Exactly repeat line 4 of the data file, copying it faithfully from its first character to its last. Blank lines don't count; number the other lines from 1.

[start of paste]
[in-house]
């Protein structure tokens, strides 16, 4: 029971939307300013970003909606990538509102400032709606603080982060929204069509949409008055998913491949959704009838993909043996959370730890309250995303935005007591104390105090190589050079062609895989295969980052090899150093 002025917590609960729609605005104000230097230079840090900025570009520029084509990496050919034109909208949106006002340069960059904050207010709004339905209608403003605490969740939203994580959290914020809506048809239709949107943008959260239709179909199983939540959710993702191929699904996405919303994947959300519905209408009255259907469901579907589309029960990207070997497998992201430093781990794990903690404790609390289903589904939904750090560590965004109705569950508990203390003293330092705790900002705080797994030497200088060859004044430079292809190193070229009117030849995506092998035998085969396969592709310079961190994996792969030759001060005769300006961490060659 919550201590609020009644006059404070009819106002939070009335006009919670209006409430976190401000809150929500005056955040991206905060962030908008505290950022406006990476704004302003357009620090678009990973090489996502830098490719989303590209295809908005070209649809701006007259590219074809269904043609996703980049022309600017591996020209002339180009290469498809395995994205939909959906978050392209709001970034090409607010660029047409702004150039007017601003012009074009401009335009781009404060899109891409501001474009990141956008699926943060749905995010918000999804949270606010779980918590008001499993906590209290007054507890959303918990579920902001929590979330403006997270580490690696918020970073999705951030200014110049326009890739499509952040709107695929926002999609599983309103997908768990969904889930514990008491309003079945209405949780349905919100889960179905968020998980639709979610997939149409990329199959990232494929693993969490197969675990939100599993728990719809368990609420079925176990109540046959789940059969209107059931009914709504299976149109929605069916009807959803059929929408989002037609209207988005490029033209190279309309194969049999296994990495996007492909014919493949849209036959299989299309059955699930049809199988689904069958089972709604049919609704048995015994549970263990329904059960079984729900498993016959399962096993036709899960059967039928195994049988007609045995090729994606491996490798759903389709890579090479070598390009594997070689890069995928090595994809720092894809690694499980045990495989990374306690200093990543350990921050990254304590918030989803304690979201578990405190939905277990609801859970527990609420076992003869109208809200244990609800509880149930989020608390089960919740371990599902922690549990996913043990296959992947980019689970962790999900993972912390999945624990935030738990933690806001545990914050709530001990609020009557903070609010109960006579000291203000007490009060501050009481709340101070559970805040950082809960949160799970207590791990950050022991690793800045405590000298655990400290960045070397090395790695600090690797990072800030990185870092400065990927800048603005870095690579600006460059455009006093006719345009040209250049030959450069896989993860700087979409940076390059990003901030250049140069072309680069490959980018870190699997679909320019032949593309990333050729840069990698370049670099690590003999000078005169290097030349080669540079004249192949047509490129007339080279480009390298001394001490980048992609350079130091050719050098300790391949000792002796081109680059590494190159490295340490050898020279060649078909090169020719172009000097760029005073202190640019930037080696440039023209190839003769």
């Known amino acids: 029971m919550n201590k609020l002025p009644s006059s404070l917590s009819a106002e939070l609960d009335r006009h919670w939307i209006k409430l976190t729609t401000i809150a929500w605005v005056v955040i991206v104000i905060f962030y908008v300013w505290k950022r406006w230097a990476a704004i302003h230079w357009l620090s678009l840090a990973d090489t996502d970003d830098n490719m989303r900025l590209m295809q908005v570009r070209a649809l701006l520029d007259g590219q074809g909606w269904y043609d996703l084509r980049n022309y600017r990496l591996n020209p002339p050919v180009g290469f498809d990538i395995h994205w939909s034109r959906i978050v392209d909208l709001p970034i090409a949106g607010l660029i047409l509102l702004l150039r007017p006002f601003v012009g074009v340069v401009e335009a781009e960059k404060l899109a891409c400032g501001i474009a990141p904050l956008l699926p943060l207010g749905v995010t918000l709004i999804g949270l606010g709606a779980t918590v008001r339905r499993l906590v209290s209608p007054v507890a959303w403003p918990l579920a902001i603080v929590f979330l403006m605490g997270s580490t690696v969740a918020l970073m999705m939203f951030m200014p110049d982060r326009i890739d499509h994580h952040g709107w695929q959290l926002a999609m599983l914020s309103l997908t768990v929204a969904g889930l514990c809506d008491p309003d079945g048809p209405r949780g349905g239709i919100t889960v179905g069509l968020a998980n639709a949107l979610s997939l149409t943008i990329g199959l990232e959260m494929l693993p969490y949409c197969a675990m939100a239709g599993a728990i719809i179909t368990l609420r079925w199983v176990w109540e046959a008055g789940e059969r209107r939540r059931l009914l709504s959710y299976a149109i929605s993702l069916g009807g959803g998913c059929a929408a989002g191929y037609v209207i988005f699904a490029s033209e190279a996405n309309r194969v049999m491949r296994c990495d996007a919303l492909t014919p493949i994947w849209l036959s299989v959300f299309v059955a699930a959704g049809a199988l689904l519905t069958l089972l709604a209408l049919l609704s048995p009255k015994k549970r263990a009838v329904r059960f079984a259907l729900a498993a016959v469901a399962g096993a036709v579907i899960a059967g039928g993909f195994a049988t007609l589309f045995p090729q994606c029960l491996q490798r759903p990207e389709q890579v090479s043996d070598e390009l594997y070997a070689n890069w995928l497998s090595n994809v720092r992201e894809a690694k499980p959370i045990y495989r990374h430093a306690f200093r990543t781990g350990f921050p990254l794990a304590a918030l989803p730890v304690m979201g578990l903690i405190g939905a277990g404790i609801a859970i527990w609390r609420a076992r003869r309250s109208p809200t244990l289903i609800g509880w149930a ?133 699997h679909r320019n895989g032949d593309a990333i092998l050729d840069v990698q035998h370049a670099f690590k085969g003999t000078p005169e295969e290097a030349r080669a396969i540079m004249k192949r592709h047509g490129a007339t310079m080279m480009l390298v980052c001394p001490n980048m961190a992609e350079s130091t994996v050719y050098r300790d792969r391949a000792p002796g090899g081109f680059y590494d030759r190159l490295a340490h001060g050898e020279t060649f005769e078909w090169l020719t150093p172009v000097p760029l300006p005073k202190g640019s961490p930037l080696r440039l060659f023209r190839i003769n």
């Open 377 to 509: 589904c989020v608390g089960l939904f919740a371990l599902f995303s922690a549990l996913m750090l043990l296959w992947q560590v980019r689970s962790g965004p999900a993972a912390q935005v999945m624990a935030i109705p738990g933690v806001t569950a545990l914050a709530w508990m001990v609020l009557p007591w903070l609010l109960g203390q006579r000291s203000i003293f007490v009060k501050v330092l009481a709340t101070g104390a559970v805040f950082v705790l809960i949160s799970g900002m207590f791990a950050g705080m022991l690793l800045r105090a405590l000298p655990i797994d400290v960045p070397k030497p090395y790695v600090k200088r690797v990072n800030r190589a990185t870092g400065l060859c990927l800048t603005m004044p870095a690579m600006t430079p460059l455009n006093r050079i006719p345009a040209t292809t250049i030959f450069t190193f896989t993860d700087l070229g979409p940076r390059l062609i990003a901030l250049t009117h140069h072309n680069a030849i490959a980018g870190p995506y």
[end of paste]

């Open 377 to 509: 589904c989020v608390g089960l939904f919740a371990l599902f995303s922690a549990l996913m750090l043990l296959w992947q560590v980019r689970s962790g965004p999900a993972a912390q935005v999945m624990a935030i109705p738990g933690v806001t569950a545990l914050a709530w508990m001990v609020l009557p007591w903070l609010l109960g203390q006579r000291s203000i003293f007490v009060k501050v330092l009481a709340t101070g104390a559970v805040f950082v705790l809960i949160s799970g900002m207590f791990a950050g705080m022991l690793l800045r105090a405590l000298p655990i797994d400290v960045p070397k030497p090395y790695v600090k200088r690797v990072n800030r190589a990185t870092g400065l060859c990927l800048t603005m004044p870095a690579m600006t430079p460059l455009n006093r050079i006719p345009a040209t292809t250049i030959f450069t190193f896989t993860d700087l070229g979409p940076r390059l062609i990003a901030l250049t009117h140069h072309n680069a030849i490959a980018g870190p995506y």